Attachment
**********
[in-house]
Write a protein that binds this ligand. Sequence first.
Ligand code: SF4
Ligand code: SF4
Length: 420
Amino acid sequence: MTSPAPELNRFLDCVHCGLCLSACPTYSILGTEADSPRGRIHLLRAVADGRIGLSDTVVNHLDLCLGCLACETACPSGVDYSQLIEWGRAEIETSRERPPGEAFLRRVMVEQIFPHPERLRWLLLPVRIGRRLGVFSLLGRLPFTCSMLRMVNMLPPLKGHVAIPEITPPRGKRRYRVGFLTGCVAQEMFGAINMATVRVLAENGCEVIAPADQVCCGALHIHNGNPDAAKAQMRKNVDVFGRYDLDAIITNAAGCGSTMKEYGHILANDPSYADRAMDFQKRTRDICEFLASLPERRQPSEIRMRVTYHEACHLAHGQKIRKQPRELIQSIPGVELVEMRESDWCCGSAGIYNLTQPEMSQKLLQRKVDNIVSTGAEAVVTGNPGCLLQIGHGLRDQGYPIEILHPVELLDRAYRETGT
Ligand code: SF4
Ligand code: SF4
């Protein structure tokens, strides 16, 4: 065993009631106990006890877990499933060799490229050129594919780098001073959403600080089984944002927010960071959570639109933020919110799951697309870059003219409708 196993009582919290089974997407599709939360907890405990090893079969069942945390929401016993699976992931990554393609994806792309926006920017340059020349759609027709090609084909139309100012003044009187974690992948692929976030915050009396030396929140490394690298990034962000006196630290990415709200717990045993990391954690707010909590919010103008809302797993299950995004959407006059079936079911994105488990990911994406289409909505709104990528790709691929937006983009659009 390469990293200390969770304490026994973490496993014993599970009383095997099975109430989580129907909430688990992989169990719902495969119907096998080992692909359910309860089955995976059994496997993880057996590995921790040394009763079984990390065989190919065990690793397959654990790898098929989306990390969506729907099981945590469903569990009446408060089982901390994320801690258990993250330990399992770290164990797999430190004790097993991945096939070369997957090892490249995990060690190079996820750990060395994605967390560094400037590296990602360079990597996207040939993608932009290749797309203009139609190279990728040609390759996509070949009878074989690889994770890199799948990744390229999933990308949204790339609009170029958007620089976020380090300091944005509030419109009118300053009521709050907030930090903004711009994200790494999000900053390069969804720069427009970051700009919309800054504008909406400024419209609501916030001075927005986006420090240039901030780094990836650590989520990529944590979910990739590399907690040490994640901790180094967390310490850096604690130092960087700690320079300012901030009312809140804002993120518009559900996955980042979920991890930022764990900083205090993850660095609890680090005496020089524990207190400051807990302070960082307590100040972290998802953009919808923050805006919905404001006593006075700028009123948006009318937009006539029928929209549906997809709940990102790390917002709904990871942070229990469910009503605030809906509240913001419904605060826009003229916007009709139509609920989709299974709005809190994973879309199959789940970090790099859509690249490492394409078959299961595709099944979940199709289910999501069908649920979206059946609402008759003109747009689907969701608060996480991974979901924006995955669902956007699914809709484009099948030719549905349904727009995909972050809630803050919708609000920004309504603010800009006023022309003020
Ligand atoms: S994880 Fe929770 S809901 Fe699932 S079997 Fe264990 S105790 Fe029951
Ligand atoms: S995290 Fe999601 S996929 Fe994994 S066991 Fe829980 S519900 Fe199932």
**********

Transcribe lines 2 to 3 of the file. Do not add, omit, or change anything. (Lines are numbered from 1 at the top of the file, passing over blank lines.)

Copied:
Write a protein that binds this ligand. Sequence first.
Ligand code: SF4